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I'm having some trouble whenever I want to add some text to my div tag, here's my code:


<div id="comments">

<form name="forma">
<textarea name="commentUser" id="commentUser" cols="40" rows="5">
Comments here...
<input type="submit" value="Ready!" onClick="writeComment()" />

<script type="text/javascript" >

function writeComment()
    var comment = document.forma.commentUser.value;





It does what it has to do correctly, but then it switches back to the text box only and the comment I just wrote disappears. Any idea of what's going on here?

Thank you so much for your time.

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10 Answers 10

up vote 13 down vote accepted

It is because you are submitting the form.

Quick fix:

<input type="submit" value="Ready!" onClick="writeComment()" />


<input type="button" value="Ready!" onClick="writeComment()" />

In addition, you are able to prevent the default action of an input. Basically telling the browser the you are going to handle the action with preventDefault:

function writeComment(e) {
    var comment = document.forma.commentUser.value;

    document.getElementById('comments').innerHTML = comment;
    return false;
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Vote up for explaining! – Dementic Aug 25 '11 at 20:43

What's happening is your form is submitting, the page is refreshing, and the div is going back to its pre-JavaScript-set content.

Try swapping the type='submit' to 'button' on the button.

share|improve this answer – gAMBOOKa Aug 25 '11 at 19:11

When you click on the submit button the form is submitted, causing the whole page to reload. You need to return false from the onclick of the submit button to prevent it:

<input type="submit" value="Ready!" onclick="writeComment(); return false;" />

Or, if you don't want the button to ever submit the form change type="submit" to type="button".

PS. It's bad practice to use the onclick attribute. Instead bind a handler to the click event using pure JS.

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even due you are right about it being a bad practice, clearly the OP is a newbie to JS and asking him to do so, well, it will just make him more confused. – Dementic Aug 25 '11 at 19:14
@Dementic Just letting him know. It's never to early to start using good practices. I don't think it's any more confusing to bind an event handler to an element than to use an onclick attribute. – Paulpro Aug 25 '11 at 19:19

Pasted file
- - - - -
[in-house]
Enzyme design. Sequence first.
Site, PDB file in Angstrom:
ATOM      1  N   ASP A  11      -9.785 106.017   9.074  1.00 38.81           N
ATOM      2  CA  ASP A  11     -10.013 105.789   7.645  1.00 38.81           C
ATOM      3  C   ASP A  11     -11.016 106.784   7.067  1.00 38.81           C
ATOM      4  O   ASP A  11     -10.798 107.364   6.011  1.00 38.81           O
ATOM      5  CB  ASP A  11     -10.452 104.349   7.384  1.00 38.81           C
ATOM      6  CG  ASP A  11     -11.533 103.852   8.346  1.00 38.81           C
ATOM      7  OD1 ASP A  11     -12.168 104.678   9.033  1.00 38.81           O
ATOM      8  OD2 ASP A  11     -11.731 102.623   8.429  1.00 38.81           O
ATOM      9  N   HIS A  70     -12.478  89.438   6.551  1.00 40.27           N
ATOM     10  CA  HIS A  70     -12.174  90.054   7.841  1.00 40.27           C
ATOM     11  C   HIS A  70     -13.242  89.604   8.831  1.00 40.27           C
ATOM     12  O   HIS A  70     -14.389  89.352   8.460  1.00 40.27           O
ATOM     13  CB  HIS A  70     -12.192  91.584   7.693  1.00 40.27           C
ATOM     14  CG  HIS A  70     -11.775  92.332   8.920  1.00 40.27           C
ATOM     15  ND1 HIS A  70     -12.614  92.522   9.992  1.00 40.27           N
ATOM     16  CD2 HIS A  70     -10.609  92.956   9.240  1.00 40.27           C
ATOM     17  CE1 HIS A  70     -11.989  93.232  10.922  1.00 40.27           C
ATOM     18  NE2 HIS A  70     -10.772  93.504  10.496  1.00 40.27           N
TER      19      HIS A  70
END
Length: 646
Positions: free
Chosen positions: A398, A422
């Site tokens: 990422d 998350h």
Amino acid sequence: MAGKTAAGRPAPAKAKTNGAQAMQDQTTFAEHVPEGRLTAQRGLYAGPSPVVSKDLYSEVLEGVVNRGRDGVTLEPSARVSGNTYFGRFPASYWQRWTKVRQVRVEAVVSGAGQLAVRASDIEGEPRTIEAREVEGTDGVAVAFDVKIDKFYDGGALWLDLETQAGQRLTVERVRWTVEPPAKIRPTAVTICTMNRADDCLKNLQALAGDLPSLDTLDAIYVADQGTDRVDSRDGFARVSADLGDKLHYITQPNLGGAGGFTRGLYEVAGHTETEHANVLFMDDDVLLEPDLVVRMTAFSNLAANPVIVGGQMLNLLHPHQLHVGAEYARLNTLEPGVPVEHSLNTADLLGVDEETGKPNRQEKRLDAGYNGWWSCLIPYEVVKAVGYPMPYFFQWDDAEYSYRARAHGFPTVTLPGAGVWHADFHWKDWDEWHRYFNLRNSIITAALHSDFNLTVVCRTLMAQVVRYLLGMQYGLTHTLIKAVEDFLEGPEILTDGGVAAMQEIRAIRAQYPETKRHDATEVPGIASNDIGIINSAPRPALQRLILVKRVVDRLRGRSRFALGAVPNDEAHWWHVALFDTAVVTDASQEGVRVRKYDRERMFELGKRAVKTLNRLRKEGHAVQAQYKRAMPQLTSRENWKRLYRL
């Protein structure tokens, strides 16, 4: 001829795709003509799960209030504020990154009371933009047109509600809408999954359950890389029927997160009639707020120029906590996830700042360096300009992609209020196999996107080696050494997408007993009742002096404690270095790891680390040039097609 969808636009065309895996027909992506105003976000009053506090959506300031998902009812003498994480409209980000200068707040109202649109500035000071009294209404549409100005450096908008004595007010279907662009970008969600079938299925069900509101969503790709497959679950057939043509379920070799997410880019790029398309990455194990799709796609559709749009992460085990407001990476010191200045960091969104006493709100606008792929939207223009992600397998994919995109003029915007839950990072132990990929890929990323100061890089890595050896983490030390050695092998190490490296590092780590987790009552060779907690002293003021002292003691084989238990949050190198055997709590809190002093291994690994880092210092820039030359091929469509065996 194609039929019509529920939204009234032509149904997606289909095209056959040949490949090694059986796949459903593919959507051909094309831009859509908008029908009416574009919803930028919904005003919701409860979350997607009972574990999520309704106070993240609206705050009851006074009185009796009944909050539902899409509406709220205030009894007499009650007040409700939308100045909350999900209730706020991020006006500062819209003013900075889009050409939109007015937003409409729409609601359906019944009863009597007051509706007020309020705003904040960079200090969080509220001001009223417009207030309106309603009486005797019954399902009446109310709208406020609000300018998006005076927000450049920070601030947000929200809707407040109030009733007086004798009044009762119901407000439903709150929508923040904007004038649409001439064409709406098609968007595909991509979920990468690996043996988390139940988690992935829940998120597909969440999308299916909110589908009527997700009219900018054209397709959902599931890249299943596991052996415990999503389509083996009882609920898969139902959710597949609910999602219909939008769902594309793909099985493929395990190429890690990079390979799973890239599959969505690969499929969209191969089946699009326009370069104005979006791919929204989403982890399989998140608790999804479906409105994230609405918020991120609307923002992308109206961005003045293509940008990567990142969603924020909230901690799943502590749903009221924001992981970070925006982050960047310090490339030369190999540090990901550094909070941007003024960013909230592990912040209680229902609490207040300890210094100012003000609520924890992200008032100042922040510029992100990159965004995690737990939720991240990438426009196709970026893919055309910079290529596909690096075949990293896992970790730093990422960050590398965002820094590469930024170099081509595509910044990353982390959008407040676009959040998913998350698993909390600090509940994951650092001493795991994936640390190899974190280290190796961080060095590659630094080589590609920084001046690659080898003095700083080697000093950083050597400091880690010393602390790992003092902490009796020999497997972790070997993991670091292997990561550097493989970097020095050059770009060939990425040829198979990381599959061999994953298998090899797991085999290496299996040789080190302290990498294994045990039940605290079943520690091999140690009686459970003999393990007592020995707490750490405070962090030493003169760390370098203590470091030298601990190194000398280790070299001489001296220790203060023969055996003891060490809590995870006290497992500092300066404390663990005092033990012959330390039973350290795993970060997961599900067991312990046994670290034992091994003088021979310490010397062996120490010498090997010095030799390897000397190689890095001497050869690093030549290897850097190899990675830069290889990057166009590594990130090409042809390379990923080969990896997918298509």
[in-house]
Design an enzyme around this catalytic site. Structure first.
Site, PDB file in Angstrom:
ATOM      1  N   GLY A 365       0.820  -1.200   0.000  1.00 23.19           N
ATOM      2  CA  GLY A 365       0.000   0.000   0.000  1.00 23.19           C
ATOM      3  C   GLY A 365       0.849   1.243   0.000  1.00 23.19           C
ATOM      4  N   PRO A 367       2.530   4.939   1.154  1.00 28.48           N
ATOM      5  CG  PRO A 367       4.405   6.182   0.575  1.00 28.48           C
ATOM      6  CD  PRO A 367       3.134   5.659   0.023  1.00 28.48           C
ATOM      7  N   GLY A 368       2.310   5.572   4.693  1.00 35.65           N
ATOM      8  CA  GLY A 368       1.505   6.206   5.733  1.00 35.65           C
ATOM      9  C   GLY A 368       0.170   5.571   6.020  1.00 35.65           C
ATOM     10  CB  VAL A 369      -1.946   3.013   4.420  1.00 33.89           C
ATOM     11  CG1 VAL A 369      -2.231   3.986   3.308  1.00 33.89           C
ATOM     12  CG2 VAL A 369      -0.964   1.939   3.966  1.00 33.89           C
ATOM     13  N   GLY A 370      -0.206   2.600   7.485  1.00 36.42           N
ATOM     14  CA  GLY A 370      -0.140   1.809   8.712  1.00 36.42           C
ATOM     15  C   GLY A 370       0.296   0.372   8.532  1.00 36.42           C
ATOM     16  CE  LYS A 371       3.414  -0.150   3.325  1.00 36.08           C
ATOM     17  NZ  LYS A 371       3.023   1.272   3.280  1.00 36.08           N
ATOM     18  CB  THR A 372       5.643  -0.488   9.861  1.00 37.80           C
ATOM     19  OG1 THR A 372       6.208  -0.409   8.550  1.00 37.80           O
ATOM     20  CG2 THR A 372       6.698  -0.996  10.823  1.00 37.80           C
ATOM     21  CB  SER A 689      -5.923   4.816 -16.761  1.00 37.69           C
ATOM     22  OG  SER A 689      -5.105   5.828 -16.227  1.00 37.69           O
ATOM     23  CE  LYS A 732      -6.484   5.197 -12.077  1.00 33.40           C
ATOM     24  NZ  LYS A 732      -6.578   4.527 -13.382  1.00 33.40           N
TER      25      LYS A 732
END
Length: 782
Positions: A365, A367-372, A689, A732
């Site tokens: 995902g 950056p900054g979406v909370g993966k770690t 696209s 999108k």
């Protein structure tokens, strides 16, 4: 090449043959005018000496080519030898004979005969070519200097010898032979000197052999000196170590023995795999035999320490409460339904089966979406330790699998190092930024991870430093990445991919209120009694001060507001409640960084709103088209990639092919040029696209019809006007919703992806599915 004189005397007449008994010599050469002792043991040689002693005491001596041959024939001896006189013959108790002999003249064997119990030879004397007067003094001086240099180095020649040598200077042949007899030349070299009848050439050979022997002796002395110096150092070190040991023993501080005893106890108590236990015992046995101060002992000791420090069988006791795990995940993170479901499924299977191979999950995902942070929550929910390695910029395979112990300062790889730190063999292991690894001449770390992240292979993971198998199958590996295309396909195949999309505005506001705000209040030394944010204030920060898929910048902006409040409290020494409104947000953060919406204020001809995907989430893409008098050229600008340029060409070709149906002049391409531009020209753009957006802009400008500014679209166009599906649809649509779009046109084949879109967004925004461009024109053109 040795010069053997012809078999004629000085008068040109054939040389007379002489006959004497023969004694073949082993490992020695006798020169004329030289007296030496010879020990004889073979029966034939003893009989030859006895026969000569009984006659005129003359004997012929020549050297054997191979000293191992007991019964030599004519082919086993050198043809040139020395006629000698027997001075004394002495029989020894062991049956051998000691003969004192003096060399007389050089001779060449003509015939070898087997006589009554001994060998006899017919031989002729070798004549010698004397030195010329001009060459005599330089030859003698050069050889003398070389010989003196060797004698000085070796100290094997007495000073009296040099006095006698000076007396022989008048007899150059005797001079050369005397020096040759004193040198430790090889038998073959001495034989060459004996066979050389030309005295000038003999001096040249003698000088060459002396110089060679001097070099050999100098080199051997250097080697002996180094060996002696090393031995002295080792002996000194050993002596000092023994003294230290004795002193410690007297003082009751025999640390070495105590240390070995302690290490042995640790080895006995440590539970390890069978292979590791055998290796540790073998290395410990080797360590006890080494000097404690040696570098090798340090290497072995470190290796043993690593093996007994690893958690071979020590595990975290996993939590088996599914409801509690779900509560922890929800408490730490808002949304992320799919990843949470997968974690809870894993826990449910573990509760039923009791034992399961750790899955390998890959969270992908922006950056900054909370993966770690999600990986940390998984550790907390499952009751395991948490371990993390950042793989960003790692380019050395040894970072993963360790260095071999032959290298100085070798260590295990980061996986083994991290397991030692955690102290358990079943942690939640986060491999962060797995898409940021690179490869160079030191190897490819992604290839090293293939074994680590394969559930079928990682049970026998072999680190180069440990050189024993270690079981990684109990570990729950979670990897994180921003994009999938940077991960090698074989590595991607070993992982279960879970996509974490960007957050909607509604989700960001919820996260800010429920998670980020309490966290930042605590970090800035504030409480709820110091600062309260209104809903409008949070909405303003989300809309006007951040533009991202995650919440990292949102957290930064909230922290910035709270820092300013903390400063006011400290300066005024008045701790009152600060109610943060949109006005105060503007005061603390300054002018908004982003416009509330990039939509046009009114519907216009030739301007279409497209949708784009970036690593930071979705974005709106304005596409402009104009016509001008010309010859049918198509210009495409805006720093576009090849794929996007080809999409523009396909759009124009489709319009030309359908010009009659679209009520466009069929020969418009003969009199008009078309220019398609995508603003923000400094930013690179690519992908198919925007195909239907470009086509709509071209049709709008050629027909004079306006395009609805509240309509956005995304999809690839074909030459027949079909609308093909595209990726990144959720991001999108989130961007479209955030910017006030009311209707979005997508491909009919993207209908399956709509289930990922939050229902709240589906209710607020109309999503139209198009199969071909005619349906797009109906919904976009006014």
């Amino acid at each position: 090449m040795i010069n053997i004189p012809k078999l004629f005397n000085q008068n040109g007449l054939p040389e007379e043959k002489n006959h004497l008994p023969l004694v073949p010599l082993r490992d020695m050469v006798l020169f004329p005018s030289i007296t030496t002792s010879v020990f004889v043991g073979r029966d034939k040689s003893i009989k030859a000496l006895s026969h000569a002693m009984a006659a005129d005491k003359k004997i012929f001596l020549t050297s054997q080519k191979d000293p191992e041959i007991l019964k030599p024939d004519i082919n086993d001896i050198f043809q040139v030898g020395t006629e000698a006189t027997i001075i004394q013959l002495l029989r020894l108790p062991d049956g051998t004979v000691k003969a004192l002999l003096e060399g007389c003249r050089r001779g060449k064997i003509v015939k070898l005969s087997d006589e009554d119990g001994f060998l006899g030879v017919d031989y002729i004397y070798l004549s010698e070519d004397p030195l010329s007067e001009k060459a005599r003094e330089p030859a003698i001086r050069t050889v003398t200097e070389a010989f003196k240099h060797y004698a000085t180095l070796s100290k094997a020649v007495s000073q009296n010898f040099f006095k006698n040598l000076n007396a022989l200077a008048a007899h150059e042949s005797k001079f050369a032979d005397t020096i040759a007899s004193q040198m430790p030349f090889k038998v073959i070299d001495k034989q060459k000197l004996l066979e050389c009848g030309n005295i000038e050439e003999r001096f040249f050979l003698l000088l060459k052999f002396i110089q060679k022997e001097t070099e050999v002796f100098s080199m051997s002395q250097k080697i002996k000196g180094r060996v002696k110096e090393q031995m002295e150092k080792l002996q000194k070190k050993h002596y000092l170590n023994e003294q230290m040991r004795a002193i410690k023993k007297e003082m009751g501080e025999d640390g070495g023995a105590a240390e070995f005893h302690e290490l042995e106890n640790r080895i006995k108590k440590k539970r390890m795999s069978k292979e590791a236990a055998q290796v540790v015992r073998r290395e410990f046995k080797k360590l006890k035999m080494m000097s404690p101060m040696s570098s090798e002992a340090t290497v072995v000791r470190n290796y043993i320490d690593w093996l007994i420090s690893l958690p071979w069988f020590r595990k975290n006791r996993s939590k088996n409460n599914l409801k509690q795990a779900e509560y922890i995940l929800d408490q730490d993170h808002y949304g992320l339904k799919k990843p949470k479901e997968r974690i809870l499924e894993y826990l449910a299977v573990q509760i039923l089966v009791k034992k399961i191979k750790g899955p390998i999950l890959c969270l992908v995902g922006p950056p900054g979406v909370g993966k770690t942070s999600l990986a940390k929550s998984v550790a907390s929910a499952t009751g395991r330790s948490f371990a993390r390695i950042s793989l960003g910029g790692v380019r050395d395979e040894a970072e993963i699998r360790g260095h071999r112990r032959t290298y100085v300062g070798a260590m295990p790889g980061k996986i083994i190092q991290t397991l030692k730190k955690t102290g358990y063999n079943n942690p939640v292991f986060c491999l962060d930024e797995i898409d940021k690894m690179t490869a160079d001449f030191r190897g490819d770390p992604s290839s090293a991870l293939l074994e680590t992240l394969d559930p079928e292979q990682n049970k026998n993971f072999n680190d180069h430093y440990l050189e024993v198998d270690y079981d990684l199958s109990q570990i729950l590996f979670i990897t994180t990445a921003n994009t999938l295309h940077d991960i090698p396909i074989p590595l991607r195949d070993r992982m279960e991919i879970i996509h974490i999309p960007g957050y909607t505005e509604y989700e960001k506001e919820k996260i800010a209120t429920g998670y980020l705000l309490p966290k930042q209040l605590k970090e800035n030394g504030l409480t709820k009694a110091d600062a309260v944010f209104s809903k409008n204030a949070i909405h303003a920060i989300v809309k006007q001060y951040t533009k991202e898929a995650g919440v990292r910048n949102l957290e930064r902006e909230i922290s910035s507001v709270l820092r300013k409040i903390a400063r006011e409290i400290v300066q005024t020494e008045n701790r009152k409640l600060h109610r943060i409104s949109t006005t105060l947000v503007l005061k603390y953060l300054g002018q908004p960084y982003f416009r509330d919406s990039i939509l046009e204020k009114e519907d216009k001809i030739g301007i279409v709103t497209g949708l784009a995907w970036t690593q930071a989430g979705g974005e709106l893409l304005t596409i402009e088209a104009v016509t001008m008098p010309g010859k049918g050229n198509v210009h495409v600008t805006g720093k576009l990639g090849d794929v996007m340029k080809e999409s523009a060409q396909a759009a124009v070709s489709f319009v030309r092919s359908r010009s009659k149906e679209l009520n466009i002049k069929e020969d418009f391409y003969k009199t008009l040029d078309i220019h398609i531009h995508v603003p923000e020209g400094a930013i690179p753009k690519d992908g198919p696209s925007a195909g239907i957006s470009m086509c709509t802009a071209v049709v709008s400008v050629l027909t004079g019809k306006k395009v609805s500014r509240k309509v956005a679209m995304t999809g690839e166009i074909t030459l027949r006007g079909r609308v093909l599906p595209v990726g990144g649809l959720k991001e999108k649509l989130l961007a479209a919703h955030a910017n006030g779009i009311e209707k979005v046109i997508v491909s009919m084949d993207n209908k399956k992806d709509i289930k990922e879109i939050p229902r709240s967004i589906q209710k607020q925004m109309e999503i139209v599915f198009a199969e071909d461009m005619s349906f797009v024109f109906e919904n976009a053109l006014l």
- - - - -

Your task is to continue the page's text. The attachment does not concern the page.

My mom told me, when i was really little, that i need to learn to walk before i can run. ;) – Dementic Aug 25 '11 at 20:41

This is because you use not just a regular button but a submit button which by default submits the form to the server. You can see that your comment is submitted via URL as you didn't specify the method(GET and POST and GET is default).

Simply write:

onclick="writeComment();return false;"

Returning FALSE prevents from default behaviour - submitting the form.

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Its making another request to the server, which is causing the page to be rendered again.

Just return false from writeComment.

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returning false from writeComment won't do anything unless he changes his onclick to return writeComment(); He needs to return false from the onclick. – Paulpro Aug 25 '11 at 19:11

You'll have to prevent your form from submitting:

<input type="submit" value="Ready!" onClick="writeComment(); return false;" />
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change this

<input type="submit" value="Ready!" onClick="writeComment()" /> 

to this:

<input type="submit" value="Ready!" onClick="writeComment(); return false;" /> 
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btw, James hill is right, if you will want to add more then one comment, you will have to do += – Dementic Aug 25 '11 at 19:11

try <input type="button" value="Ready!" onClick="writeComment()" />

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you should switch
<input type="submit" value="Ready!" onClick="writeComment()" />
<input type="button" value="Ready!" onClick="writeComment()" />

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Or another option is to convert your submit into a button and take it out of the form, buttons can now exist outside of forms and from the code you pasted I don't see why you have to use a form, this will mean that your page isn't reloaded when you click on the "Ready" button.

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